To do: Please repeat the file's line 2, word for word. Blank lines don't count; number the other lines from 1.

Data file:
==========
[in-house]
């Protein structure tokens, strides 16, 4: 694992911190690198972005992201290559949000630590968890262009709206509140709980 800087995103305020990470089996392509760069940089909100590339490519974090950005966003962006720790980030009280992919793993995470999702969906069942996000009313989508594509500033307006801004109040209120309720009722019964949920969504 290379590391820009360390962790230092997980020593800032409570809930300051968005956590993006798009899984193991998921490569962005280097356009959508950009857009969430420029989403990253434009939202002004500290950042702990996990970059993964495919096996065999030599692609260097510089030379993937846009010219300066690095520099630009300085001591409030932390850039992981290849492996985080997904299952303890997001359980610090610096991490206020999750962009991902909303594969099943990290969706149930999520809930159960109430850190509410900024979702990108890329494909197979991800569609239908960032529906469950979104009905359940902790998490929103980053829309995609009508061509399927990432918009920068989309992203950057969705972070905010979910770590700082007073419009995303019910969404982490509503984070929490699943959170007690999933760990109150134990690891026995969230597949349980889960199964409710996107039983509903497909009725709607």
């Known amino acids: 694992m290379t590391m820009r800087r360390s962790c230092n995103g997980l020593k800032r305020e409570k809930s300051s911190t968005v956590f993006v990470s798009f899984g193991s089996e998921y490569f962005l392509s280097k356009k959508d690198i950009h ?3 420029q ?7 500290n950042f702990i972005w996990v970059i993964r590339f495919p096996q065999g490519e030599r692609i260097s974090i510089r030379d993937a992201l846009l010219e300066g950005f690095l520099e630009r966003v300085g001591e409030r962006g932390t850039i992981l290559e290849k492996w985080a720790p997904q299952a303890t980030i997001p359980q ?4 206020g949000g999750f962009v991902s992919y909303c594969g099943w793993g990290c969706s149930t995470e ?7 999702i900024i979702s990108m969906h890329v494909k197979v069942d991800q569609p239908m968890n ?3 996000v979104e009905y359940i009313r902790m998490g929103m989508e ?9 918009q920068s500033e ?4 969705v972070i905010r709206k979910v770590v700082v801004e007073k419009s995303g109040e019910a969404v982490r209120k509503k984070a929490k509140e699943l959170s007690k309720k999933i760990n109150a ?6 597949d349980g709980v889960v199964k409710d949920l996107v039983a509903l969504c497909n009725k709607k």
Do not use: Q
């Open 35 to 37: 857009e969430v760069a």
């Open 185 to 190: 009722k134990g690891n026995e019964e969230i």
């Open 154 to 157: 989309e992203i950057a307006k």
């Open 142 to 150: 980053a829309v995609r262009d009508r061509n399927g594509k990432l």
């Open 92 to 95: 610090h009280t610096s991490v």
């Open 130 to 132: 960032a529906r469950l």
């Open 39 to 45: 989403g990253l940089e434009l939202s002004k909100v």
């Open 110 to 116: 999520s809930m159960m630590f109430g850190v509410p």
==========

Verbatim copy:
């Protein structure tokens, strides 16, 4: 694992911190690198972005992201290559949000630590968890262009709206509140709980 800087995103305020990470089996392509760069940089909100590339490519974090950005966003962006720790980030009280992919793993995470999702969906069942996000009313989508594509500033307006801004109040209120309720009722019964949920969504 290379590391820009360390962790230092997980020593800032409570809930300051968005956590993006798009899984193991998921490569962005280097356009959508950009857009969430420029989403990253434009939202002004500290950042702990996990970059993964495919096996065999030599692609260097510089030379993937846009010219300066690095520099630009300085001591409030932390850039992981290849492996985080997904299952303890997001359980610090610096991490206020999750962009991902909303594969099943990290969706149930999520809930159960109430850190509410900024979702990108890329494909197979991800569609239908960032529906469950979104009905359940902790998490929103980053829309995609009508061509399927990432918009920068989309992203950057969705972070905010979910770590700082007073419009995303019910969404982490509503984070929490699943959170007690999933760990109150134990690891026995969230597949349980889960199964409710996107039983509903497909009725709607």